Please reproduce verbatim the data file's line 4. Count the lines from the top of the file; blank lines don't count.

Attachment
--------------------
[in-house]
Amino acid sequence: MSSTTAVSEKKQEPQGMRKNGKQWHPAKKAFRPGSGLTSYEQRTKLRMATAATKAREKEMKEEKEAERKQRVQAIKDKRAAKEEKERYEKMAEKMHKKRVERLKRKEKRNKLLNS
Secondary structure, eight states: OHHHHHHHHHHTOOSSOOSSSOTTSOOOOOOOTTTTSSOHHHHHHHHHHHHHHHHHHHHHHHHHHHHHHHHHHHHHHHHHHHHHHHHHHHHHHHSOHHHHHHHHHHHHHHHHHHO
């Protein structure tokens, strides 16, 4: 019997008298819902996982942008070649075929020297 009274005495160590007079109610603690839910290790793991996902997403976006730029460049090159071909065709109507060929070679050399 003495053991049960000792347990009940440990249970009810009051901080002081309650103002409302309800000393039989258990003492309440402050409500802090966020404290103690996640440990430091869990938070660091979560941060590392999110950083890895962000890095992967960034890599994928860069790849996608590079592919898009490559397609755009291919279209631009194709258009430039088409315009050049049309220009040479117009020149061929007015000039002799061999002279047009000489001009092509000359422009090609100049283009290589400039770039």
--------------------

């Protein structure tokens, strides 16, 4: 019997008298819902996982942008070649075929020297 009274005495160590007079109610603690839910290790793991996902997403976006730029460049090159071909065709109507060929070679050399 003495053991049960000792347990009940440990249970009810009051901080002081309650103002409302309800000393039989258990003492309440402050409500802090966020404290103690996640440990430091869990938070660091979560941060590392999110950083890895962000890095992967960034890599994928860069790849996608590079592919898009490559397609755009291919279209631009194709258009430039088409315009050049049309220009040479117009020149061929007015000039002799061999002279047009000489001009092509000359422009090609100049283009290589400039770039």